Final count confirms Christmas helped garden centres claw back early season losses

Final Garden Centre Association figures show that many garden centres recovered much of their losses at the end of the year.

Garden centres in 2012 were two per cent down overall on the previous year, the GCA's Barometer of Trade (BoT) results confirmed.

The best performing categories were catering, Christmas and gifts.

GCA chairman Peter Burks said: "Despite the unpredictable and unseasonable weather playing a large part in making 2012 a very tough year for garden centres, our BoT results show that member garden centres can, and have relied on, non-traditional categories to boost their sales throughout the year.

"They adapted to the challenges of the past year by reducing their dependency on plant sales and focused on other areas of the business.

"Christmas product sales for the year saw a significant leap, up 10.35 per cent on 2011, catering also had a great year, up 8.84 per cent, clothing was up 5.47 per cent, gifts up 4.49 per cent and pets and aquatics up 3.42 per cent.

Burks added: "I’d like to congratulate all our members on their adaptability, flexibility and sheer hard work in 2012. As an industry that is traditionally weather-dependent, last year could have been disastrous.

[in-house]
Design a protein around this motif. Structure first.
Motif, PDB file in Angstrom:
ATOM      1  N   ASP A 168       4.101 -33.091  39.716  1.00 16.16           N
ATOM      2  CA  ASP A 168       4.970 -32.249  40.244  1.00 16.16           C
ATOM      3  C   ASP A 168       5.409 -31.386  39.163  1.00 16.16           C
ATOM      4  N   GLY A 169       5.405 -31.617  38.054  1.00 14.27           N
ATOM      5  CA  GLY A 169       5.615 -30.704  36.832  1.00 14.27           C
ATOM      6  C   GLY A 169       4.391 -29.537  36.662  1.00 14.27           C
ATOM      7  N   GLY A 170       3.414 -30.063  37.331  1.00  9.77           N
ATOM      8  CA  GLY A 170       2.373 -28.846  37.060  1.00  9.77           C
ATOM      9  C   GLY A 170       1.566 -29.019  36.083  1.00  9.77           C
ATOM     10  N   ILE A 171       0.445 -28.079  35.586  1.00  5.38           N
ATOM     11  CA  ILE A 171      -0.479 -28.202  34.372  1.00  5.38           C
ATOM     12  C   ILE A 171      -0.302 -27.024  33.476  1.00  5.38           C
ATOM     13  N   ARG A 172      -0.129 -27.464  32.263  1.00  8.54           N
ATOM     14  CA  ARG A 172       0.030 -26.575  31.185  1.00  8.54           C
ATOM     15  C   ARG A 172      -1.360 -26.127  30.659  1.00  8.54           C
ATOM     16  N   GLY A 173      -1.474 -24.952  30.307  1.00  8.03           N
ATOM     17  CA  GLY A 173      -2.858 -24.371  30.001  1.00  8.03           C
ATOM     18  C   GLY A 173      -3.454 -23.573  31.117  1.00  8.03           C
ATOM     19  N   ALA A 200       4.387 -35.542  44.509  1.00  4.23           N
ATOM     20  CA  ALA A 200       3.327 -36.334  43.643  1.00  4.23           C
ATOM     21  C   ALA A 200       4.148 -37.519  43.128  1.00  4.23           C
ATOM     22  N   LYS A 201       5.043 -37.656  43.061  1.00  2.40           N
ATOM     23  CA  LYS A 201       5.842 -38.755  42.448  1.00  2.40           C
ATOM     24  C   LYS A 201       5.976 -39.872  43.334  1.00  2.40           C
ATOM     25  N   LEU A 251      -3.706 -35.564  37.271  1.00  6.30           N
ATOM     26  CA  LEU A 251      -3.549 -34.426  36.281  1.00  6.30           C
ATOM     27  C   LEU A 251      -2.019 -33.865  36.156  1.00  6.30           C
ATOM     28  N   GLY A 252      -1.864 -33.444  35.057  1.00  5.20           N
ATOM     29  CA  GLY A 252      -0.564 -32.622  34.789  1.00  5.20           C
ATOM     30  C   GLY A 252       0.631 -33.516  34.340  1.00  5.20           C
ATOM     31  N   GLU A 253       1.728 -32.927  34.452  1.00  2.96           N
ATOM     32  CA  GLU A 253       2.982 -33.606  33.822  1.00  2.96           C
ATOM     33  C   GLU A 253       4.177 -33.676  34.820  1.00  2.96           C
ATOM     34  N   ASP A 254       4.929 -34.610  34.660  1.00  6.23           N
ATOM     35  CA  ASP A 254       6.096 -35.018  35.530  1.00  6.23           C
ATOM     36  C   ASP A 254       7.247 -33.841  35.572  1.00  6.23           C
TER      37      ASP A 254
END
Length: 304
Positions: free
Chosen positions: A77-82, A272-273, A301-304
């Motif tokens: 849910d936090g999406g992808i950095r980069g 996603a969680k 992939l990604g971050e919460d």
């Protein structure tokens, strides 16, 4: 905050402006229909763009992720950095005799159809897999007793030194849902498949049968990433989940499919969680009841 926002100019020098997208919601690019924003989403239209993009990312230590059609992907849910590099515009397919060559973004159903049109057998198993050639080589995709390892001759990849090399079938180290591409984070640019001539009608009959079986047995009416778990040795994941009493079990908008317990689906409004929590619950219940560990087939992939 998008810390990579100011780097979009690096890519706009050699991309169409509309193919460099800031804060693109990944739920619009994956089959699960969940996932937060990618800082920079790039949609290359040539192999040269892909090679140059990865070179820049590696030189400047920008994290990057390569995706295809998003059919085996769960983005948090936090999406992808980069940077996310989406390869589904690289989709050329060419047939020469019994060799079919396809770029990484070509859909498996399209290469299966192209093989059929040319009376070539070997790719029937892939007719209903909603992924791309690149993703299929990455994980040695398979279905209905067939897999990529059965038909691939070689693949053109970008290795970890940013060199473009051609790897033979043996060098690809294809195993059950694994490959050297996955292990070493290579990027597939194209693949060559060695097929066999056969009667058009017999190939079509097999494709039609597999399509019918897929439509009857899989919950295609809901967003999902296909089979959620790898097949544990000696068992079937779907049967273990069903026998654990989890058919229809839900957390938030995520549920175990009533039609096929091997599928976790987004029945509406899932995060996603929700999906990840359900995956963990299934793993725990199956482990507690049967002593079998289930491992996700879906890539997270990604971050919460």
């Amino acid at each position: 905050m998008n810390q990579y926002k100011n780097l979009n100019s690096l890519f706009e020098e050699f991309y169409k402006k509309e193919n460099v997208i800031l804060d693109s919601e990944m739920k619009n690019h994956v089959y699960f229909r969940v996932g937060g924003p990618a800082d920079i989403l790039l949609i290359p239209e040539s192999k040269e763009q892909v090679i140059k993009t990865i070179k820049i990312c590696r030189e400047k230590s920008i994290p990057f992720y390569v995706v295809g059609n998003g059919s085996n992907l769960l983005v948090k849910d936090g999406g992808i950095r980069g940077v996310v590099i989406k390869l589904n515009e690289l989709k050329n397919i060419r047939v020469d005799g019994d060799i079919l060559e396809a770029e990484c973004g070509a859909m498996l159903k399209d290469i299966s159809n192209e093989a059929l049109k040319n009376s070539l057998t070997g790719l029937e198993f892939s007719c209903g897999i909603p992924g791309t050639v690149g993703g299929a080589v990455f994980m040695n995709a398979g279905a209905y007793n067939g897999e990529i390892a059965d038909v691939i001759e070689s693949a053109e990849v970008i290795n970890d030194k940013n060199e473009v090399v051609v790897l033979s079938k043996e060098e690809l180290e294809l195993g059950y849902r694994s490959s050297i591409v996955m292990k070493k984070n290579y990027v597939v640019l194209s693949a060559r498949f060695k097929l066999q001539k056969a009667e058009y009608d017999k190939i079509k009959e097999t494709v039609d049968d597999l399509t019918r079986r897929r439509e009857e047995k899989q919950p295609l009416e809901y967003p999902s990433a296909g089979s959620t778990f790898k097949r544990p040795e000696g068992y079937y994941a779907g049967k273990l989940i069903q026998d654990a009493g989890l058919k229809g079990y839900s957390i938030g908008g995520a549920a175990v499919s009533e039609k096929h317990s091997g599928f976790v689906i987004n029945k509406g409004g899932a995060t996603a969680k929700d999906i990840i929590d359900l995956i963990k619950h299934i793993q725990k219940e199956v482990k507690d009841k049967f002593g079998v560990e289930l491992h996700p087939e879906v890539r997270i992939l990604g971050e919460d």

"It is testament to our members innovative nature that sales were so high in certain areas.

"I’d like to wish everyone all the best for 2013, we all learned a lot of lessons this past year. If the British weather takes an unpredictable course again this year at least we will all be prepared."

The lack of sunshine and unseasonable weather affected outdoor plant sales most noticeably, the category stands at 13.03 per cent down for the year. Furniture and barbecue sales also suffered, standing 9.93 per cent down, seed and bulb sales 8.21 per cent down and hard landscaping 8.56 per cent down.  

The BoT reports produced by the GCA allow member garden centres to compare their trading positions with other GCA garden centres.

Raglan Garden Centre owner Martin Davies said: "Christmas rescued last year for us and we ended up fractionally up on 2011. We know that if there is the right things in place people will come out here. They are the weather and a couple of nice offers.

"In early February we offer a special deal to bring them in through a door drop leaflet. It's a genuine buy one get one free on Scotts compost through Future Marketing. We sold 3,000 bags last February so it gets the season going and people interested."

Melanie Sewell, catering manager and director at Fron Goch Garden Centre in Wales, which is a member of the GCA, said: "Our café has shown increased sales of 12.1 per cent during 2012. As our catering offer represents 34 per cent of total turnover, it helped turn 2012 into a pretty good year.

"We did not have a café until 2007 and now café turnover has reached £665,000. No one can afford to neglect this area with high gross profit margin and profitability.

"During 2012 we concentrated on driving sales through buy one get one free vouchers for breakfast and offers on hot lunches and introducing afternoon teas, in addition to improving profitability through controlling food and labour costs."


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